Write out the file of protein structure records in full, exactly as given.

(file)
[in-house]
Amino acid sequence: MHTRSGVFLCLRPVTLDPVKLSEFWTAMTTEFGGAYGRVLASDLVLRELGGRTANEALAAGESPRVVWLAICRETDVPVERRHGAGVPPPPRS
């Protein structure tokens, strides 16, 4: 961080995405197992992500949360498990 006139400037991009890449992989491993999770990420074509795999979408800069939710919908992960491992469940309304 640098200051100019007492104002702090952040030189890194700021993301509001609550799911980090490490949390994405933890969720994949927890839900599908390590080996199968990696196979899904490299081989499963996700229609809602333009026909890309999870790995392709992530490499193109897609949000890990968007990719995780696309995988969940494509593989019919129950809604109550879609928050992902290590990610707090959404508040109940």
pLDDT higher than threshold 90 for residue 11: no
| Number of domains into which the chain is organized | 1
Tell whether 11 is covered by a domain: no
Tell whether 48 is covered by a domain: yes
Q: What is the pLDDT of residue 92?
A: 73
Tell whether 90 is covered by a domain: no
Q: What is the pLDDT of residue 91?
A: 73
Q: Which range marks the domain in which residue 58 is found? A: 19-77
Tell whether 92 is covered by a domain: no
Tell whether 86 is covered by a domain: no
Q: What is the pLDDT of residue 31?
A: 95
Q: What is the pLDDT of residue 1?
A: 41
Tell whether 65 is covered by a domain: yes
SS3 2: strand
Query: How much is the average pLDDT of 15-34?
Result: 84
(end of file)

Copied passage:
[in-house]
Amino acid sequence: MHTRSGVFLCLRPVTLDPVKLSEFWTAMTTEFGGAYGRVLASDLVLRELGGRTANEALAAGESPRVVWLAICRETDVPVERRHGAGVPPPPRS
């Protein structure tokens, strides 16, 4: 961080995405197992992500949360498990 006139400037991009890449992989491993999770990420074509795999979408800069939710919908992960491992469940309304 640098200051100019007492104002702090952040030189890194700021993301509001609550799911980090490490949390994405933890969720994949927890839900599908390590080996199968990696196979899904490299081989499963996700229609809602333009026909890309999870790995392709992530490499193109897609949000890990968007990719995780696309995988969940494509593989019919129950809604109550879609928050992902290590990610707090959404508040109940």
pLDDT higher than threshold 90 for residue 11: no
| Number of domains into which the chain is organized | 1
Tell whether 11 is covered by a domain: no
Tell whether 48 is covered by a domain: yes
Q: What is the pLDDT of residue 92?
A: 73
Tell whether 90 is covered by a domain: no
Q: What is the pLDDT of residue 91?
A: 73
Q: Which range marks the domain in which residue 58 is found? A: 19-77
Tell whether 92 is covered by a domain: no
Tell whether 86 is covered by a domain: no
Q: What is the pLDDT of residue 31?
A: 95
Q: What is the pLDDT of residue 1?
A: 41
Tell whether 65 is covered by a domain: yes
SS3 2: strand
Query: How much is the average pLDDT of 15-34?
Result: 84